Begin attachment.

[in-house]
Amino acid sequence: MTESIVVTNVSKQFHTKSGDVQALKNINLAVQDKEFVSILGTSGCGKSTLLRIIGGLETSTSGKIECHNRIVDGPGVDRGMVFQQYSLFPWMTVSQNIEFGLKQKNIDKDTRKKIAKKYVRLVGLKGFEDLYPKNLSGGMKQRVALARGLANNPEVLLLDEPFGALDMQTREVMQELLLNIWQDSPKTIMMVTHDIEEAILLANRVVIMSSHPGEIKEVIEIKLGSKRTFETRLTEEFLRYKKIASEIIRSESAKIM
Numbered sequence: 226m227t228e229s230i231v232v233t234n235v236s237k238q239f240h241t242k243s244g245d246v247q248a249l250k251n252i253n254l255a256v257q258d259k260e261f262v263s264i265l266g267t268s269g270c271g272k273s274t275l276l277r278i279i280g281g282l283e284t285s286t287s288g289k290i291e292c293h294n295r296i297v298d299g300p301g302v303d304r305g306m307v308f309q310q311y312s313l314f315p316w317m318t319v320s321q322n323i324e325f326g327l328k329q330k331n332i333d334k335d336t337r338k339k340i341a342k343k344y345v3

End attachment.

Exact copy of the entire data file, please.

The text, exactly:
[in-house]
Amino acid sequence: MTESIVVTNVSKQFHTKSGDVQALKNINLAVQDKEFVSILGTSGCGKSTLLRIIGGLETSTSGKIECHNRIVDGPGVDRGMVFQQYSLFPWMTVSQNIEFGLKQKNIDKDTRKKIAKKYVRLVGLKGFEDLYPKNLSGGMKQRVALARGLANNPEVLLLDEPFGALDMQTREVMQELLLNIWQDSPKTIMMVTHDIEEAILLANRVVIMSSHPGEIKEVIEIKLGSKRTFETRLTEEFLRYKKIASEIIRSESAKIM
Numbered sequence: 226m227t228e229s230i231v232v233t234n235v236s237k238q239f240h241t242k243s244g245d246v247q248a249l250k251n252i253n254l255a256v257q258d259k260e261f262v263s264i265l266g267t268s269g270c271g272k273s274t275l276l277r278i279i280g281g282l283e284t285s286t287s288g289k290i291e292c293h294n295r296i297v298d299g300p301g302v303d304r305g306m307v308f309q310q311y312s313l314f315p316w317m318t319v320s321q322n323i324e325f326g327l328k329q330k331n332i333d334k335d336t337r338k339k340i341a342k343k344y345v3